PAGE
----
In The Spotlight: Use of Public Records To Vet Candidates–A Case Study: Terry Norris Renegar

Use Of Public Records To Vet Elected Officials & Candidates for Public Office

A Case Study:  Terry Norris Renegar

Part I:  The Rules

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The vetting of elected officials and candidates for public office has been facilitated by the digitizing of public records.  Without leaving home, a person can search for and secure digitized public records that are on servers located nearby and a word away.  It is no wonder we are in an information age.

The availability of enormous amounts of information should be a consideration for a person thinking about seeking public office.  A person’s past is just a few keystrokes away.  If a candidate has a skeleton in his or her closet, the candidate should be prepared to expose the skeleton early in the run for office or find some other way to occupy his or her time other than seeking public office.

An individual who exposes unpleasant information about a candidate has responsibilities to the candidate.  These responsibilities should be taken seriously.  The goal should always be to inform the public; not to cause injury to the candidate.  The best method for achieving this goal is to stay as close as possible to the public record and not to stray into partisan politics.  Fairness and a factual presentation—these are some of the important characteristics of good journalism.  Whenever possible, the matters being disclosed should be reasonably related to the office being pursued by the candidate.  For example, where integrity and truthfulness would be important traits in a person holding a particular public office, the facts being exposed should somehow relate to these traits.

The journalist is not responsible for the past activities of a candidate.  The journalist is responsible for what is reported and how it is reported.  In reporting past activities about a candidate, the journalist should make a sincere effort to connect the dots:  that is, the activities to the candidate to the office.

The past activities I will in report in Part II relate to Terry Renegar. The activities are clearly related to the office he is seeking:  viz, county commissioner.  I will make every effort to report these activities in a factual way in order to inform voters; not to hurt Renegar.  In this particular case, I indirectly communicated with Renegar to advise him of what will be reported on DavieFirst.  My message indicated that if, prior to publishing my editorial, he reconsidered his decision to run for office, no article would be published.  Based on what I described above, there would be no purpose in reporting events from Renegar’s past if he were not seeking public office.  It will be Renegar’s decision.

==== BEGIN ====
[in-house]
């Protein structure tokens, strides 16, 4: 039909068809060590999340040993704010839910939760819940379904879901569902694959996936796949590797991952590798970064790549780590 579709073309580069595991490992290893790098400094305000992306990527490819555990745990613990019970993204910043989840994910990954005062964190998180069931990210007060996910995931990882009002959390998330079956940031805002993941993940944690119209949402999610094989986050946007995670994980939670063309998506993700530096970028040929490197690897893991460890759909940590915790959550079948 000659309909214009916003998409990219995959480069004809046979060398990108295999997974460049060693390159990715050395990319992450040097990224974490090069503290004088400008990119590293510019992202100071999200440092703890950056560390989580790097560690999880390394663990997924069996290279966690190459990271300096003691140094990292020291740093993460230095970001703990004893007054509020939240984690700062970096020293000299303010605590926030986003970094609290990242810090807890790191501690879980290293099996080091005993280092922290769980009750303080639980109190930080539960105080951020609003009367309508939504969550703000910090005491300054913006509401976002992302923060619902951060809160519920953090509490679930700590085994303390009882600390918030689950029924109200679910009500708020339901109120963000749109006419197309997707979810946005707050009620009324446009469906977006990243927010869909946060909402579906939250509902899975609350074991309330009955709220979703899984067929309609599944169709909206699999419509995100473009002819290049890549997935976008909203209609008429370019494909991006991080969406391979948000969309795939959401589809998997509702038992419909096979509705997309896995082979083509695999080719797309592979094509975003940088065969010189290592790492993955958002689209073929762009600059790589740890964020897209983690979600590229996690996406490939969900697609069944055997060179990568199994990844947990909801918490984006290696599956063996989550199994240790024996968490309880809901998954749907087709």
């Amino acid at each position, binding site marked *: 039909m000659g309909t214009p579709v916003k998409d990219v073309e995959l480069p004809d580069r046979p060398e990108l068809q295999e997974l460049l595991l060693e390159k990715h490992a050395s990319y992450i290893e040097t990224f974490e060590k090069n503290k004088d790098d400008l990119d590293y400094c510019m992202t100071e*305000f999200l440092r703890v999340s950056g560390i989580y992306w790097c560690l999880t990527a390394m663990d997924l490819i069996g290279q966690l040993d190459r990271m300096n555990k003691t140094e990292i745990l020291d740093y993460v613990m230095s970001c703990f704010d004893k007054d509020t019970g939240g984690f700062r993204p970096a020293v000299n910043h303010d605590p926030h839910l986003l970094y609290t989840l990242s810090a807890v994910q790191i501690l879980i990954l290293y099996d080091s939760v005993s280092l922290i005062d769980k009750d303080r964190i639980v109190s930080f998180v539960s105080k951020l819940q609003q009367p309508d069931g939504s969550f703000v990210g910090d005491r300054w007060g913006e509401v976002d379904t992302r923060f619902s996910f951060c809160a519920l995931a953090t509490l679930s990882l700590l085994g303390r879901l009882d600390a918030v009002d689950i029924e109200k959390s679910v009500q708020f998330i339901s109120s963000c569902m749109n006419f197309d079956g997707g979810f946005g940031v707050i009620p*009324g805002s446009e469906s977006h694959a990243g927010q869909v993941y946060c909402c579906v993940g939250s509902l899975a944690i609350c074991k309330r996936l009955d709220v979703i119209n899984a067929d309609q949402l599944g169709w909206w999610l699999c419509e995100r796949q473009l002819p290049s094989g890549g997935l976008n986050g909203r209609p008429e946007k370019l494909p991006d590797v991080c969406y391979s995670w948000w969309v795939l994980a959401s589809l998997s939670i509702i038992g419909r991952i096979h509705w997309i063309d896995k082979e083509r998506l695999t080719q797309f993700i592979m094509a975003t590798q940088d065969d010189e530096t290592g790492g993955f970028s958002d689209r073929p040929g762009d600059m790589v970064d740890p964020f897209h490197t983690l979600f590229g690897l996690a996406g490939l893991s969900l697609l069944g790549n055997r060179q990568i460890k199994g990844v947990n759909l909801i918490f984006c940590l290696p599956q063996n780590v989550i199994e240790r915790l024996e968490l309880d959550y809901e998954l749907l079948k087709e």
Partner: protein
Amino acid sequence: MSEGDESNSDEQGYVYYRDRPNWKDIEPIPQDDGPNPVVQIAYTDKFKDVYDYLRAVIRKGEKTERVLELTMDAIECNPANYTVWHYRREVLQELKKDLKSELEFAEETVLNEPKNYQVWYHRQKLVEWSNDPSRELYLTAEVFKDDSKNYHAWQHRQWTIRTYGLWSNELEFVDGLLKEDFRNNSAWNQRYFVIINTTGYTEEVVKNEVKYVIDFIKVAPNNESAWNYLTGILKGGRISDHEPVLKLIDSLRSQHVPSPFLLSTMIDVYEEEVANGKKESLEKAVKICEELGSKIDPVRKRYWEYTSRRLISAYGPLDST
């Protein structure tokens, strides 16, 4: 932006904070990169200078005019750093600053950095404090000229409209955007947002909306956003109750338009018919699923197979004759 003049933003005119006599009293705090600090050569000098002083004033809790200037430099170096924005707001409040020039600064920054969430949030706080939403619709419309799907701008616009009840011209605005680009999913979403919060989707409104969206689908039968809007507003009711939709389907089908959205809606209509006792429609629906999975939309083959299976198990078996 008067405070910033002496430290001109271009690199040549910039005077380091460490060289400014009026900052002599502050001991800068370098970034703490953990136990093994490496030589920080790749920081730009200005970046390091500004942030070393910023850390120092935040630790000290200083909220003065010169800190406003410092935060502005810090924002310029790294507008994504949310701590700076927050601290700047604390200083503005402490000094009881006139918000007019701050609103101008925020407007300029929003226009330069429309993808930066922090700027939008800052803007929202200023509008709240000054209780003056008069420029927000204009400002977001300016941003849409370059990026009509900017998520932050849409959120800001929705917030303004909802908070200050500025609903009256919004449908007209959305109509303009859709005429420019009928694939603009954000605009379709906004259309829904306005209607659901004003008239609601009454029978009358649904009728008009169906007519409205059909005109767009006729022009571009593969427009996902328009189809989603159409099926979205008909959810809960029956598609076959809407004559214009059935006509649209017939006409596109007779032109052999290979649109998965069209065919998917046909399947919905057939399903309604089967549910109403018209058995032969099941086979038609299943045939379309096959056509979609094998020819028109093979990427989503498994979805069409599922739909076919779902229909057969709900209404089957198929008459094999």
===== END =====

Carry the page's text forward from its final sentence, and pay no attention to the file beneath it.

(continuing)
In all of my reporting, I will endeavor to identify my source of information and, where possible, enable my reader to link directly to my source so that my reader may independently draw his or her own conclusions—irrespective of what I say.

I will always welcome factual and reasonable responses from one or more individuals involved in my editorials or from others who were not the subject of the editorials.  If a response meets the criteria described above, I will consider publishing the response in its entirety.

Whenever I think some of my readers might feel an editorial will be too long and tedious, I will try to break the editorial into pieces and present the editorial in installments.

 

Jay Mintz, Advance

March 13, 2012

 

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Next In The Spotlight:

 Use Of Public Records To Vet Elected Officials & Candidates for Public Office

Part II:  Secretary of State To Terry Norris Renegar:  “Cease and Desist”

Coming March 16, 2012

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